Fionnán Sheahan: Durkan’s arrival a signal of Civil War parties enhancing their All-Ireland credentials
When he was unveiled to run for Fine Gael 30 years ago, Austin Currie was famously asked to name three streets in his new constituency of Dublin West.
The founder of the SDLP and veteran civil rights campaigner struggled with this aspect of his move south.
Posing the same question became a tradition for the announcement of subsequent parachute candidates.
His unfamiliarity with the estates and avenues of west Dublin suburbia didn’t stop Currie getting elected. He held the seat until Fine Gael’s 2002 general election meltdown. His daughter, Emer, is Taoiseach Leo Varadkar’s running mate in the same constituency in the next general election.
Currie is best remembered in Fine Gael as the party’s candidate in the 1990 presidential election.
He wasn’t the party’s first choice or even their second choice for that matter.
He came a distant third in that historic election but his transfers did get Mary Robinson across the line. His then party leader Alan Dukes was heaved following of the poor showing.
Varadkar will be hoping his new recruit from the SDLP doesn’t play a role in ending his leadership of the party.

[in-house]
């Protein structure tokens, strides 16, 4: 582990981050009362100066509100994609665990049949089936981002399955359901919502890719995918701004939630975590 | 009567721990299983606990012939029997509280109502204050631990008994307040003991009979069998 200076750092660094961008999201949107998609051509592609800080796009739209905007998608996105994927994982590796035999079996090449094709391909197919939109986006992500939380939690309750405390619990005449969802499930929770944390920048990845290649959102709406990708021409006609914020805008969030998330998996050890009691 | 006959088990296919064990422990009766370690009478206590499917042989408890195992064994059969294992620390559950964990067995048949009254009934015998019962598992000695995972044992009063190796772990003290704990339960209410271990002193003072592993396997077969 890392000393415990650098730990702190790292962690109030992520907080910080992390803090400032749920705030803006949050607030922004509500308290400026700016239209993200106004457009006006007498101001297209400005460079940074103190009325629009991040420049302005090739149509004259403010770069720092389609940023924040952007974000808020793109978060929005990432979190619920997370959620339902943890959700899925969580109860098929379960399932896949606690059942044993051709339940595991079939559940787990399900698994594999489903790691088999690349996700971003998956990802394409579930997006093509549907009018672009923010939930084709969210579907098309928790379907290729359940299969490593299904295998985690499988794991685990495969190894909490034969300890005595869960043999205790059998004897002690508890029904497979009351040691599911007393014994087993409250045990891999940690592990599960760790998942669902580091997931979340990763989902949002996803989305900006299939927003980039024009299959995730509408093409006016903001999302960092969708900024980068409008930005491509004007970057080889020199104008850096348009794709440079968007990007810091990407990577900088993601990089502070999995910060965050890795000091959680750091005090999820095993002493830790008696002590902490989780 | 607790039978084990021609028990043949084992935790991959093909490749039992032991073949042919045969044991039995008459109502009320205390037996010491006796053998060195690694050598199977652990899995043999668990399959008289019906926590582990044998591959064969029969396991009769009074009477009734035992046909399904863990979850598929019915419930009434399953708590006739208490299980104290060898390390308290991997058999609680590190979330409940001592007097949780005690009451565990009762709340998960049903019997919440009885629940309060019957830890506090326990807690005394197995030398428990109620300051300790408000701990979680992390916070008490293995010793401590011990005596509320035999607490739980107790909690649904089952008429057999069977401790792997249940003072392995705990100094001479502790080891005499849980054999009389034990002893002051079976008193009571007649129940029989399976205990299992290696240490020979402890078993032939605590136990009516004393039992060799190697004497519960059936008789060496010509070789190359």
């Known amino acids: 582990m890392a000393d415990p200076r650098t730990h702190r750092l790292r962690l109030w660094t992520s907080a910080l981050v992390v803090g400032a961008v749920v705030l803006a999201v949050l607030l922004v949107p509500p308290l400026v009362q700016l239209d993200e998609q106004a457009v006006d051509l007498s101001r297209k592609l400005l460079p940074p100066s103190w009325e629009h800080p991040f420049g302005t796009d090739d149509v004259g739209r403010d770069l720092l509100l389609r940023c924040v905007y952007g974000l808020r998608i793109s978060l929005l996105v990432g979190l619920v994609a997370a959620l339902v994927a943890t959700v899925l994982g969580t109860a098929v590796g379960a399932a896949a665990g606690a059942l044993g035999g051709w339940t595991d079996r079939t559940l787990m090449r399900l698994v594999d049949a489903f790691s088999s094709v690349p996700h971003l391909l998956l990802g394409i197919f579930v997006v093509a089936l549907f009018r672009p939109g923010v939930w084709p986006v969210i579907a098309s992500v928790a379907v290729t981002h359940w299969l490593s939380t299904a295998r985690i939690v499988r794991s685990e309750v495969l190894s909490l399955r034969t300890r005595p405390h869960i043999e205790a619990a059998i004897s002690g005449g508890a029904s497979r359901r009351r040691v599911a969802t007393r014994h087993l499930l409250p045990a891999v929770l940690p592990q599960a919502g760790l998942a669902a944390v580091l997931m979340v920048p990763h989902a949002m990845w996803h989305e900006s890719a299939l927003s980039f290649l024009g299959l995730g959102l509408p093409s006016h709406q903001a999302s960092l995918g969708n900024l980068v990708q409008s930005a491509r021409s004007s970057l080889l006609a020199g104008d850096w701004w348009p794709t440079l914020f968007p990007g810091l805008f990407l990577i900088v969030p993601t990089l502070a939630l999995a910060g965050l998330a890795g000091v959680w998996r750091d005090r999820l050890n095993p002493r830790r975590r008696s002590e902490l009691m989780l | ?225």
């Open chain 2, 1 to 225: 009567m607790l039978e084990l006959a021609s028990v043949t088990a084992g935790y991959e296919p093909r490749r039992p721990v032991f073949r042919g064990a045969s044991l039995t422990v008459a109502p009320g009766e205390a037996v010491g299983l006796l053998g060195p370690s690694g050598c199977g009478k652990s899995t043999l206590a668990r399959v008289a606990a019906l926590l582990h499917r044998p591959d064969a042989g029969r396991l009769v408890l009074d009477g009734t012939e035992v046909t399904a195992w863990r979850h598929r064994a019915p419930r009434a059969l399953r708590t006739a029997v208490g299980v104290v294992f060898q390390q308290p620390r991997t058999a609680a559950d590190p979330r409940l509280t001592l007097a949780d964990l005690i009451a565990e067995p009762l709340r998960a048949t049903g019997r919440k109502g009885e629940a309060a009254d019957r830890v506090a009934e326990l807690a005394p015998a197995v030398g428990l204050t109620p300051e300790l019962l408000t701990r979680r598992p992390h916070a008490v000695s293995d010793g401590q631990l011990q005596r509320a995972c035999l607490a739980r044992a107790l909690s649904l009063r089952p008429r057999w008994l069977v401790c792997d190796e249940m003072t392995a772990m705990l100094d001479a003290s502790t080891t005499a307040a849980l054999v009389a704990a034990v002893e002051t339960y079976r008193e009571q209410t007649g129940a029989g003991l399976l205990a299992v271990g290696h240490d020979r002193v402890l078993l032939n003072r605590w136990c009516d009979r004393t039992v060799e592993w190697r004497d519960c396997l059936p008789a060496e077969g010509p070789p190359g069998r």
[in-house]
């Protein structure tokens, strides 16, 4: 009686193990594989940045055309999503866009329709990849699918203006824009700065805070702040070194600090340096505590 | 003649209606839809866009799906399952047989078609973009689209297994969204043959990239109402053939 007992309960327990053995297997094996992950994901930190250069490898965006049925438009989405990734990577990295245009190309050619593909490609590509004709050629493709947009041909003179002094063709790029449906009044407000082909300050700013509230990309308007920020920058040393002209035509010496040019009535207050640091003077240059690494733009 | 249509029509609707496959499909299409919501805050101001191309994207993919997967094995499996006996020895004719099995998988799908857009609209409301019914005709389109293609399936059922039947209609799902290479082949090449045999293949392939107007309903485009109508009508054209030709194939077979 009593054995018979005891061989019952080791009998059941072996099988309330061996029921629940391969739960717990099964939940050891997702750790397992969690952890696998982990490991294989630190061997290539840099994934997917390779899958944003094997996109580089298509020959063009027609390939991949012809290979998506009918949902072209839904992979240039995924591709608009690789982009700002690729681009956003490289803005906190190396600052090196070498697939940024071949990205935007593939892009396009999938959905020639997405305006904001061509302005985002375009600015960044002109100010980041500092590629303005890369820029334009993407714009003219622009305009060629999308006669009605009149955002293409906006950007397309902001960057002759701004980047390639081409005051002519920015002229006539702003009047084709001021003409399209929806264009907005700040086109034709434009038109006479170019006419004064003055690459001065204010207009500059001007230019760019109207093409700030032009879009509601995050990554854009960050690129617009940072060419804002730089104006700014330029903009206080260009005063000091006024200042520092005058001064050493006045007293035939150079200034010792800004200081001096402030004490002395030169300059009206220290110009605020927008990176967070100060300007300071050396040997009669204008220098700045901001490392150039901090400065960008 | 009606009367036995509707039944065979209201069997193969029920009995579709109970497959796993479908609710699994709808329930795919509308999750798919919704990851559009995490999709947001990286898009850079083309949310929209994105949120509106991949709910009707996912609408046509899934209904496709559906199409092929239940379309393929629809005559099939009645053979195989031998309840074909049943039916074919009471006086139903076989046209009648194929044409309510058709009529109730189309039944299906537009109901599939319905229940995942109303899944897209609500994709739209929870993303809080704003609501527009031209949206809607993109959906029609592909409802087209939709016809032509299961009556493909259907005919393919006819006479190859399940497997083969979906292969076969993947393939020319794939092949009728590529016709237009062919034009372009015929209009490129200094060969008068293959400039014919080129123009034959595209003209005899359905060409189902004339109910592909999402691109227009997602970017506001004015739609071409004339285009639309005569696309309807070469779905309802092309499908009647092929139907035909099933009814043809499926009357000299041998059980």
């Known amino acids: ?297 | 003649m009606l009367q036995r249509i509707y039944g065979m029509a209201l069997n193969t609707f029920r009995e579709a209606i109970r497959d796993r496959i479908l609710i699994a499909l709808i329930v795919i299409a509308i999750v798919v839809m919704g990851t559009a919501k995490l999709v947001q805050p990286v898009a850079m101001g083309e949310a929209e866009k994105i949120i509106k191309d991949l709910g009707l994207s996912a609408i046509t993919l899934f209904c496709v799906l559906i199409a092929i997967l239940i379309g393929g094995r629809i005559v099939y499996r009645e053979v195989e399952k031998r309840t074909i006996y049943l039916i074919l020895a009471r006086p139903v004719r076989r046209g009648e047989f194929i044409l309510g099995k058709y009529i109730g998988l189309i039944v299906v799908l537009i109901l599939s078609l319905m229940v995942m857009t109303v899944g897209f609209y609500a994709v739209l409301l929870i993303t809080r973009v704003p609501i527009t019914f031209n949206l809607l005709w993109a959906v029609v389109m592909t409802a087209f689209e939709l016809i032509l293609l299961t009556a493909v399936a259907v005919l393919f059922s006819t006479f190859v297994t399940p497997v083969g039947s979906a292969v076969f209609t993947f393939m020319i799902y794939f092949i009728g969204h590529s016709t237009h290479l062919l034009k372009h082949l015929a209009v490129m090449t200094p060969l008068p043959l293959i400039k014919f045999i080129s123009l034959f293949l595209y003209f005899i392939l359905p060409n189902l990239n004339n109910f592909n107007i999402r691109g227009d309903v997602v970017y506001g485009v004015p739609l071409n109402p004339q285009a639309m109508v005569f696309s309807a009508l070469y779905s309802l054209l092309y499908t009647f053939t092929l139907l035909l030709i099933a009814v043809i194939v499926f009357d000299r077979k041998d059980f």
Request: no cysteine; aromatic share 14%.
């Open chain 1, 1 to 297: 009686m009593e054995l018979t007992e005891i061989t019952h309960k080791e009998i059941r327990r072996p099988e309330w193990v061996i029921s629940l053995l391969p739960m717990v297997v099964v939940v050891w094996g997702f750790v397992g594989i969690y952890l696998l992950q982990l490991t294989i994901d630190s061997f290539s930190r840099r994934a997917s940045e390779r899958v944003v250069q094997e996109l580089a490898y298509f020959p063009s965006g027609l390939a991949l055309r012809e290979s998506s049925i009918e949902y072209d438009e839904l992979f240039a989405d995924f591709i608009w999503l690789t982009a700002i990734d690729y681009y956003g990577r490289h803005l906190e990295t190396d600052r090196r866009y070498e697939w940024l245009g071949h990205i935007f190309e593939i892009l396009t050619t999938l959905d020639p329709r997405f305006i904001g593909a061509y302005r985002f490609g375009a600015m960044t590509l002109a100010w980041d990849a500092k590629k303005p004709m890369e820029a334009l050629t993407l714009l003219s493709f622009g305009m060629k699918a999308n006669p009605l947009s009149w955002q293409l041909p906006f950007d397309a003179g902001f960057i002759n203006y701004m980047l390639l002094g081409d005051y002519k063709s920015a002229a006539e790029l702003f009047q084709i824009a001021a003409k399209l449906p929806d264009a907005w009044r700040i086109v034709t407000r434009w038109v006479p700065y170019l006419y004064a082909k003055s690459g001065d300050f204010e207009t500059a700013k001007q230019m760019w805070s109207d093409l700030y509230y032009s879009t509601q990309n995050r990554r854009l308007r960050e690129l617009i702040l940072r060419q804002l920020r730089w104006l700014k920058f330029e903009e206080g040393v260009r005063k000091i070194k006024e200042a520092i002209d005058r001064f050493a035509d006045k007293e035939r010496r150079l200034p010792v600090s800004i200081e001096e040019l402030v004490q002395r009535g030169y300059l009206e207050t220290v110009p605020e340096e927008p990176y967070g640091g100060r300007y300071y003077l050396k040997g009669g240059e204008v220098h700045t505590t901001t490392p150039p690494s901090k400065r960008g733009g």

Mark Durkan now follows Currie south of the border to run as a Fine Gael candidate in the European elections in Dublin.
It’s doubtful the former SDLP leader will struggle to name three streets in the whole of Dublin city and county.
But Durkan’s prospects of election are narrow enough.
He will be the running mate for former Tánaiste Frances Fitzgerald and very much the second name on the ballot.
However, his recruitment to Fine Gael does illustrate the Civil War parties efforts to assert their All-Ireland credentials in the wake of Brexit and the debate on a United Ireland.
Fianna Fáil has just partnered up with the SDLP.
Now Fine Gael has signed a credible nationalist community voice with a strong track record of fighting against Sinn Féin and highlighting that party's inadequacies.
Although he struggled to match the charisma and impact of his mentor, John Hume, Durkan is a hugely experienced and respected politician.
Durkan will add to the debate on a border and the future of Northern Ireland post-Brexit.
And he’s not the first figure from Northern Ireland to seek to make the transition to European politics across the border with Fine Gael.
Former Alliance Party leader John Cushnahan moved even further south and got elected in 1989, unseating Fine Gael’s sitting MEP, Prof Tom Raftery.
Fitzgerald is unlikely to be too worried about being usurped in the same manner. Fine Gael will win one seat in Dublin and be in the shake up for a second of the four. But Durkan’s campaign would have to catch fire to put them in genuine contention.
The grapevine at the Fine Gael Ard Fheis suggested the party was about to unveil a former Dublin All-Ireland footballer from the northside.
Durkan ticks a certain All-Ireland box and hails from the northside, as such, if you keep going for 130 miles after the M50.